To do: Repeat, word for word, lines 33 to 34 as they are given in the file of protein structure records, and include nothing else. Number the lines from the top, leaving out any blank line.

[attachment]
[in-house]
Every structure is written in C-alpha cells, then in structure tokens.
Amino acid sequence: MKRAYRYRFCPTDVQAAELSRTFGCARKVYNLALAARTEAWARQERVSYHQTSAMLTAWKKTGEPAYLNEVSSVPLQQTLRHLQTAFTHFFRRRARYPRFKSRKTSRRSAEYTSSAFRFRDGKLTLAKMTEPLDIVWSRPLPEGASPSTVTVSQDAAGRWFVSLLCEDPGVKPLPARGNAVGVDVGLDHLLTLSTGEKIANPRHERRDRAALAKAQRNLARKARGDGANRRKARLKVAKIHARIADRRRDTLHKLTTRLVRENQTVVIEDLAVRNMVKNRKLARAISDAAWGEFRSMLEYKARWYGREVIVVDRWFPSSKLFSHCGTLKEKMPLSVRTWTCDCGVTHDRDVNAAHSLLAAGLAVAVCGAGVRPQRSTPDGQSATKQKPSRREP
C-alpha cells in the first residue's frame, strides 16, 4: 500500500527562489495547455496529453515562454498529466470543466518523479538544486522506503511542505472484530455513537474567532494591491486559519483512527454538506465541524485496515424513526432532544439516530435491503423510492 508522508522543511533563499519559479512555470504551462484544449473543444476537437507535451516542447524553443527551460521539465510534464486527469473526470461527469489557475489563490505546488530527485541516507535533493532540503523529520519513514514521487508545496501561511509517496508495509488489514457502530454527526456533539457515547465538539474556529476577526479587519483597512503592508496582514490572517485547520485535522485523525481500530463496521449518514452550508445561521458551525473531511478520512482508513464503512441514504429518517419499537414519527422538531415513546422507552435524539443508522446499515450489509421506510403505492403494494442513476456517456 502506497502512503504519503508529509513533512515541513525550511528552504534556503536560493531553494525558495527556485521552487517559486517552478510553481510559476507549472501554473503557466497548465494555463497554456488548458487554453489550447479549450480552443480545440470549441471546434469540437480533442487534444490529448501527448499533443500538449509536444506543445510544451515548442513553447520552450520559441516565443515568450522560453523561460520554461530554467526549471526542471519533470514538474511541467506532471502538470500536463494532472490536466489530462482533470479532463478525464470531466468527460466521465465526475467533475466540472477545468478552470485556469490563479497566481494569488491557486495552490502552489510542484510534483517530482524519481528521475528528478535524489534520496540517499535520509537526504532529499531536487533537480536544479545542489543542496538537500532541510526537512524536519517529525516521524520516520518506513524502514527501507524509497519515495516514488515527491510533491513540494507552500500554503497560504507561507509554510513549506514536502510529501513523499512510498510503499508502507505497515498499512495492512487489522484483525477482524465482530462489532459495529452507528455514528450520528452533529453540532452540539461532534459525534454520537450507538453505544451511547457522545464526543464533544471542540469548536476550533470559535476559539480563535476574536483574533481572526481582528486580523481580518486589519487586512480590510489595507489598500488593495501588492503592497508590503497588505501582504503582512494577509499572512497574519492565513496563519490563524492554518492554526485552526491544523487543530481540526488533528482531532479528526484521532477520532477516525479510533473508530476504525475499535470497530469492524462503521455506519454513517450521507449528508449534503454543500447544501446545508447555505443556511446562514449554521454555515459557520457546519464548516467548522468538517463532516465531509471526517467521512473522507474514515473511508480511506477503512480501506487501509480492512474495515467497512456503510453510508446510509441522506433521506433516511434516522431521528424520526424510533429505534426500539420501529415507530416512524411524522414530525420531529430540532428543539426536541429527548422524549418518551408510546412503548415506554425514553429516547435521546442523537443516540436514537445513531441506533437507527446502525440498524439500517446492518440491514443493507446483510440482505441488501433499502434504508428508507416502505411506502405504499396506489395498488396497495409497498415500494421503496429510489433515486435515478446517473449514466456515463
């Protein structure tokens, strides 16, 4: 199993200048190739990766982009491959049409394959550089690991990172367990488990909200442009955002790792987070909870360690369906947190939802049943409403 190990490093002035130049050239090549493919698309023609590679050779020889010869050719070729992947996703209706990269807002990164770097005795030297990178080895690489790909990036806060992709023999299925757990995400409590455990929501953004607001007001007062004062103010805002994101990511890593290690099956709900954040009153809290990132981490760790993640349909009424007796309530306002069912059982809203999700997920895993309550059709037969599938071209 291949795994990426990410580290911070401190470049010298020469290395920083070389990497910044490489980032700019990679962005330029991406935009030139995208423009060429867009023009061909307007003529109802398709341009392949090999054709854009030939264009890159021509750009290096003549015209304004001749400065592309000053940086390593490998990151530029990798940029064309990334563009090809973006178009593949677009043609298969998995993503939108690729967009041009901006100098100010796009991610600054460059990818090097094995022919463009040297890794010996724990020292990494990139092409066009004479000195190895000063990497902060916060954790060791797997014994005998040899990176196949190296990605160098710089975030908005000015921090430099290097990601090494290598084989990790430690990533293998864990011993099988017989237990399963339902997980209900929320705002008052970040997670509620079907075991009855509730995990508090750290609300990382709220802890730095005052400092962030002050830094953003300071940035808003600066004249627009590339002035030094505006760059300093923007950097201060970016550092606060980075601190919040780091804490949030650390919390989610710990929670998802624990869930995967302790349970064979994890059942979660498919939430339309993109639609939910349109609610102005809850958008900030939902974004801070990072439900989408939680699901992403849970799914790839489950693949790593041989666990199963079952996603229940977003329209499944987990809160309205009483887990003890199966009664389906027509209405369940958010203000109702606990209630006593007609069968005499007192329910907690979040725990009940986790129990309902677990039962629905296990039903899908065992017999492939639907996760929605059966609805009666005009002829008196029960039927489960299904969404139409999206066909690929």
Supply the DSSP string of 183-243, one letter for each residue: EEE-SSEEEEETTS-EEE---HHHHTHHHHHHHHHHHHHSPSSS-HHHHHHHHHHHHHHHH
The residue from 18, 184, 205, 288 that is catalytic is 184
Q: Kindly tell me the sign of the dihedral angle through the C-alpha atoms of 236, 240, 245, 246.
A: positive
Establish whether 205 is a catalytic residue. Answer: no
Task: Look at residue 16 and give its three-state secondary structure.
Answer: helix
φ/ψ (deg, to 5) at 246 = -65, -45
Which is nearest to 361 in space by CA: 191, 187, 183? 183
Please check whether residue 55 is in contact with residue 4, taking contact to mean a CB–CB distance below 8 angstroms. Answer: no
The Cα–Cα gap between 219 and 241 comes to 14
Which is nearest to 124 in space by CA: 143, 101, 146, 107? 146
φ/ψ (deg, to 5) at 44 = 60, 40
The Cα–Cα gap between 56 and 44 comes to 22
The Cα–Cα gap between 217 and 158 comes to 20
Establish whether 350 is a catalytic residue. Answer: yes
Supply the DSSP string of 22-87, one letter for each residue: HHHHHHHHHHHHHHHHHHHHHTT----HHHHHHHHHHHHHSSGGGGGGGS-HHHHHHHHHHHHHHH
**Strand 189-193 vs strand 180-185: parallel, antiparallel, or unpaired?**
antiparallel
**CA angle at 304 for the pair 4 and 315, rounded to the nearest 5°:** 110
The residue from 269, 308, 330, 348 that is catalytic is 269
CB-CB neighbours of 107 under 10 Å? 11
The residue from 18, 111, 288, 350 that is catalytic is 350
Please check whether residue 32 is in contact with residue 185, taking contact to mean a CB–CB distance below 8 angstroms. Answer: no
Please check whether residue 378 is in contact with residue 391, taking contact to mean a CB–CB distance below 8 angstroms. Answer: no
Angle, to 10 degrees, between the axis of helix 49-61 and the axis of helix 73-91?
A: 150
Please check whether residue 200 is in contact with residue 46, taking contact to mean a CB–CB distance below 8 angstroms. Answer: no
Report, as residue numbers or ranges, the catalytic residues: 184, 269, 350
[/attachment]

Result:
Please check whether residue 200 is in contact with residue 46, taking contact to mean a CB–CB distance below 8 angstroms. Answer: no
Report, as residue numbers or ranges, the catalytic residues: 184, 269, 350